Museums and Libraries
Kerkyra has always been a cultural centre of distinction. The museums and libraries are full of irreplaceable books and artifacts. The most notable of the museums and libraries are located in the city and are:
- The Archaeological Museum located at Armeni Vraila 1 was inaugurated in 1967. It was constructed to house the exhibit of the huge Gorgon pediment of the Artemis temple that was excavated at Palaiopolis in early 20th century. In 1994 two more halls were added to the museum, where new discoveries from the excavations of the ancient town and the Garitsa cemetery are exhibited.
- The Public Library of Corfu located at the old English Barracks in Palaio Frourio.
- Solomos Museum and the Corfiot Studies Society share the same building at 1 Arseniou Str.
- The Reading Society of Corfu in Capodistriou Str. has an extensive library of old Corfu manuscripts and rare books.
- The Museum of Asian Art located at the Palaia Anaktora (mainly Chinese and Japanese Arts) and its unique collection is housed in 15 rooms and includes over 12,000 artifacts including a Greek Buddhist collection that shows the influence of Alexander the Great on Buddhist culture as far as Pakistan.
- The Serbian Museum 19 Moustoxydou St. houses rare exhibits about the Serbian soldiers' tragic fate during the First World War. The remnants of the Serbian Army of about 150,000 soldiers together with their government in exile, found refuge and shelter in Corfu, following the collapse of the Serbian Front as a result of the Austro-Hungarian attack of the 6th October 1915. Exhibits include photographs from the three years stay of the Serbians in Corfu, together with other exhibits such as uniforms, arms and ammunition of the Serbian army, Serbian regimental flags, religious artefacts, surgical tools used in triage by Serbian doctors on Vido island in 1916, war medals and other decorations of the Kingdom of Serbia etc.
Music and festivities
Corfiots are great lovers of music. In the past, people used to join in the singing of the cantades, impromptu choral songs in two, three or four voices, usually accompanied by a guitar. The bands (Philharmonic societies), which also provide free instruction in music, are still popular and still attract young recruits. Nowadays, given the rigours of modern life that has not spared Corfu society, cantades (deriving from the Italian cantare meaning to sing) are only performed by semi-professional or amateur singers, mainly as tourist attractions. Corfu Town is home to three famous, top notch marching wind bands, the dark red-uniformed Philharmonic Society of Corfu or Old Philharmonic or Palia, the blue-uniformed Mantzaros Philharmonic and the bright red and black-uniformed Capodistria Philharmonic. The bands give regular weekend promenade concerts during summer and take part in the yearly Holy Week ceremonies.
There is considerable but friendly rivalry between them, and they rigorously adhere to their respective repertoires.
On Holy Friday from the early afternoon the bands of the philharmonic societies, separated into squads, accompany the epitaphs of the town's churches. Late in the afternoon the squads come together to form the whole band in order to accompany the epitaph of the metropolitan church. The funeral marches that the bands play differ depending on the band. The Old Philharmonic plays Albinoni's Adagio, the Mantzaros plays Verdi's Marcia Funebre from Don Carlo, and the Capodistria plays Chopin's Funeral March and Mariani's Sventura. On Holy Saturday morning the three town bands take part in the epitaph (Epitaphios) of St. Spyridon Cathedral in procession with the Saint's relics. This time the bands play different funeral marches, with Mantzaros playing de Miccheli's Calde Lacrime, the Palia playing Marcia Funebre from Faccio's opera Amleto, while the Kapodistria Philharmonic plays the Funeral March from Beethoven's Eroica. The custom dates from the 19th century, when the British banned the participation of the garrison's band in the traditional Holy Friday funeral cortege. The defiant Corfiotes held the litany the following morning, and paraded the relics of St. Spyridon as well, so that the British would not dare intervene.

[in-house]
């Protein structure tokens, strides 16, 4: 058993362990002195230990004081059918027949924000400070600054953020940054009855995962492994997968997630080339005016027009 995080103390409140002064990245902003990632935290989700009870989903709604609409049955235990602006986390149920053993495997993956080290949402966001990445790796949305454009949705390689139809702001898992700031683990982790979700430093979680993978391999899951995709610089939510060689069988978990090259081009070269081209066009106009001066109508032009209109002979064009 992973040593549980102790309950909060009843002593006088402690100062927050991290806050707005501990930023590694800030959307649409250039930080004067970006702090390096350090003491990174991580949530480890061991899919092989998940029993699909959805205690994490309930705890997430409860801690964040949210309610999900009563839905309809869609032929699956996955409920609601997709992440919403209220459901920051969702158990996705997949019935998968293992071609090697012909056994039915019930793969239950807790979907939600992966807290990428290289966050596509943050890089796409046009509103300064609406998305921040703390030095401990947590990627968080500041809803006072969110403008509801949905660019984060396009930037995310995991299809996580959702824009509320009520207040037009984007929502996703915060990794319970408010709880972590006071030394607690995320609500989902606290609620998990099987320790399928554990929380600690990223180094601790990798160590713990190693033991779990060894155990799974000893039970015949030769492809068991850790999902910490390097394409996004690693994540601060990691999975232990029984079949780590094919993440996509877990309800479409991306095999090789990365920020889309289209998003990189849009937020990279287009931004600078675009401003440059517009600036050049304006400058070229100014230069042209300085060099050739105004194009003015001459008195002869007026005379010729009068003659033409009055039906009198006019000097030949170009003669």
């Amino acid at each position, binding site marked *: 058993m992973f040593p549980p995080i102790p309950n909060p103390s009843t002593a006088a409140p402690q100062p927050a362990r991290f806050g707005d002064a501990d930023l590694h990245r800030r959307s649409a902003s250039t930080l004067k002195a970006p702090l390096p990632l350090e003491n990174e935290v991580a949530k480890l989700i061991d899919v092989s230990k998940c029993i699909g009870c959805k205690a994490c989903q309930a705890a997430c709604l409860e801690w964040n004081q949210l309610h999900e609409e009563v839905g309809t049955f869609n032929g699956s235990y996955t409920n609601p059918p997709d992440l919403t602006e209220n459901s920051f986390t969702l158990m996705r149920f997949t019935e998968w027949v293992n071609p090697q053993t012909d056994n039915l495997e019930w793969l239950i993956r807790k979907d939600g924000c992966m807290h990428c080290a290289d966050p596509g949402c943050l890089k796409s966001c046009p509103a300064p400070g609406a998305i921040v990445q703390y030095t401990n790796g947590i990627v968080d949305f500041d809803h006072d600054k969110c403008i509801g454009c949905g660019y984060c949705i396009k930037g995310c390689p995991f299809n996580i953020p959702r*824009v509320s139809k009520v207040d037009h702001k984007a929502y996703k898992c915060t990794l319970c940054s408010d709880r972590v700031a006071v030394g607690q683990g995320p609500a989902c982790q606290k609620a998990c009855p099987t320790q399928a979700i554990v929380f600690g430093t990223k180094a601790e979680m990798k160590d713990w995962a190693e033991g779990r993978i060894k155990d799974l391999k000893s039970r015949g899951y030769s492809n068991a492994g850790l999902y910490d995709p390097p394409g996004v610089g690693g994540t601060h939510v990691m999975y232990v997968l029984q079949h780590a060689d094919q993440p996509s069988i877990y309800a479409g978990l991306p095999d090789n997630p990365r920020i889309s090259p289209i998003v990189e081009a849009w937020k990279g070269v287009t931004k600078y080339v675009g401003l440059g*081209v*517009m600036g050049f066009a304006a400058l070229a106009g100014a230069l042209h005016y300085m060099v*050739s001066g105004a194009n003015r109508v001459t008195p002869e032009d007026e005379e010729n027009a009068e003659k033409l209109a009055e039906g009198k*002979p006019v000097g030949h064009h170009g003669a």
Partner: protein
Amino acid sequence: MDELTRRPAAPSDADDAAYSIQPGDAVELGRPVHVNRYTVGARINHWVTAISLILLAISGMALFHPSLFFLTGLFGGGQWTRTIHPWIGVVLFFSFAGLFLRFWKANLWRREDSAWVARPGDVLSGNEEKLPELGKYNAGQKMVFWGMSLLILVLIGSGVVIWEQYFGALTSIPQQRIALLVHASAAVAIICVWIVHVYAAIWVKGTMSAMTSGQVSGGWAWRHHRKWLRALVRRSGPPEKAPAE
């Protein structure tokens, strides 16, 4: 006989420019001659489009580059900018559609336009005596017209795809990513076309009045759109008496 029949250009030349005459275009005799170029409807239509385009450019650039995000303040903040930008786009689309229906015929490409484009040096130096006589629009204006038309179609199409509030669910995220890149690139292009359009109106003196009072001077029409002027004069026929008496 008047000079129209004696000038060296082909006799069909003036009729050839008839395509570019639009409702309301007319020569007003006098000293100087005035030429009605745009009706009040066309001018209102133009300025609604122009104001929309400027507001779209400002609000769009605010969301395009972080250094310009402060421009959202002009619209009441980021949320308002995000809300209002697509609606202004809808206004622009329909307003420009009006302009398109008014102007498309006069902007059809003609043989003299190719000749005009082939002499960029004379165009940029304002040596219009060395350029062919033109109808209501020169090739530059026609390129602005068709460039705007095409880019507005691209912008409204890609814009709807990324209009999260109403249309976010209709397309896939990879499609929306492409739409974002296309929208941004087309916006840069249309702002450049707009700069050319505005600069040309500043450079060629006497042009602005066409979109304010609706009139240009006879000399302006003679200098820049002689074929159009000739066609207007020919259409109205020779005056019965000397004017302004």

The litany is followed by the most spectacular Corfiot celebration by far, the "Early Resurrection". Balconies in the old town are decked in bright red cloth, and Corfiotes throw down large clay pots full of water to smash on the street pavement, especially in wider areas of Liston and in an organised fashion. This is done in anticipation of the Resurrection of Jesus, which is to be celebrated that same night.
Teatro di San Giacomo and a night at the opera of yesteryear
During Venetian rule, the Corfiotes developed a fervent appreciation of Italian opera, which was the real source of the extraordinary (given the conditions in the mainland of Greece) musical development of the island during that era. The opera house of Corfu during 18th and 19th century was the Nobile Teatro di San Giacomo, named after the neighbouring catholic cathedral, but later the theatre was converted into the Town Hall. Many local composers, such as Nikolaos Halikiopoulos Mantzaros, Spiridon Xindas, Antonio Liberali, Domenico Padovani, the Zakynthian Pavlos Karrer, the Lambelets', Spiros Samaras and others, connected their career with this theatre. San Giacomo's place was taken by the so-called New Municipal Theatre (1901), which held the operatic tradition vivid until its destruction during World War II (namely, in 1943 as a result of a German air raid). The incapability during the post-war years to rebuild it was the main cause that led to the island's continuous crisis in regard to music. In any case, the first opera to be performed in the San Giacomo Theatre was in 1733 ("Gerone, tiranno di Siracusa") and from 1771 until 1943 nearly all the operatic compositions by the most (or less) famous Italians, as well as some of the local and French, composers were performed at the stage of the San Giacomo theatre. This sweet era, a distant reminiscence of the glorious musical past, was until recently reflected in the mythology that supported that the opera theatre of Corfu was a fixture in famous opera singers' itineraries, and those who were successful there were given the title of distinction "applaudito in Corfu", meaning "applauded in Corfu" as a reflection of the discriminating musical taste of its inhabitants.